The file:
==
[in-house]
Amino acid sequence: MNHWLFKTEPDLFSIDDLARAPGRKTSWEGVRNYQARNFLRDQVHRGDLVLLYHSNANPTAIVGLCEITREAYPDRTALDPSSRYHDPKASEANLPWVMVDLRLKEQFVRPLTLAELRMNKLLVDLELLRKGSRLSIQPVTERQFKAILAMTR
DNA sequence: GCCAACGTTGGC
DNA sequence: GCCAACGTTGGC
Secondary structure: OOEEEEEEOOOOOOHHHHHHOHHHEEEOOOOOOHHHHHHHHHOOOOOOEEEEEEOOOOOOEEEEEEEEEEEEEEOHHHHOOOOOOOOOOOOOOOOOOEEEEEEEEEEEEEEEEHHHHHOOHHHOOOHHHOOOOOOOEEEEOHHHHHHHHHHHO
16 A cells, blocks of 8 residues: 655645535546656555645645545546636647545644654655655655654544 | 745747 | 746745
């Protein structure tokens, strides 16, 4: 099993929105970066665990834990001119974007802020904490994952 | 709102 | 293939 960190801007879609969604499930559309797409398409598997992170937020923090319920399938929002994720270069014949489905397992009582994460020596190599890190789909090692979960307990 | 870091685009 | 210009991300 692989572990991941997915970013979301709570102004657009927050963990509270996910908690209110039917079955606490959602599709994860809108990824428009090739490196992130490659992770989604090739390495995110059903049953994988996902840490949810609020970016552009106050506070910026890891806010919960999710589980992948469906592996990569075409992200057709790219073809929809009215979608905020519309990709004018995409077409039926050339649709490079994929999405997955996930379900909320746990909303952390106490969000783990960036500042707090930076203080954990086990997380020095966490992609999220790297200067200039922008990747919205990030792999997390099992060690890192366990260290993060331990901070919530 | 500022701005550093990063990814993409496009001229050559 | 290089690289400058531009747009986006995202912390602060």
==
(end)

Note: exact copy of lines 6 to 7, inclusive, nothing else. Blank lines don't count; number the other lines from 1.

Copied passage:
16 A cells, blocks of 8 residues: 655645535546656555645645545546636647545644654655655655654544 | 745747 | 746745
């Protein structure tokens, strides 16, 4: 099993929105970066665990834990001119974007802020904490994952 | 709102 | 293939 960190801007879609969604499930559309797409398409598997992170937020923090319920399938929002994720270069014949489905397992009582994460020596190599890190789909090692979960307990 | 870091685009 | 210009991300 692989572990991941997915970013979301709570102004657009927050963990509270996910908690209110039917079955606490959602599709994860809108990824428009090739490196992130490659992770989604090739390495995110059903049953994988996902840490949810609020970016552009106050506070910026890891806010919960999710589980992948469906592996990569075409992200057709790219073809929809009215979608905020519309990709004018995409077409039926050339649709490079994929999405997955996930379900909320746990909303952390106490969000783990960036500042707090930076203080954990086990997380020095966490992609999220790297200067200039922008990747919205990030792999997390099992060690890192366990260290993060331990901070919530 | 500022701005550093990063990814993409496009001229050559 | 290089690289400058531009747009986006995202912390602060």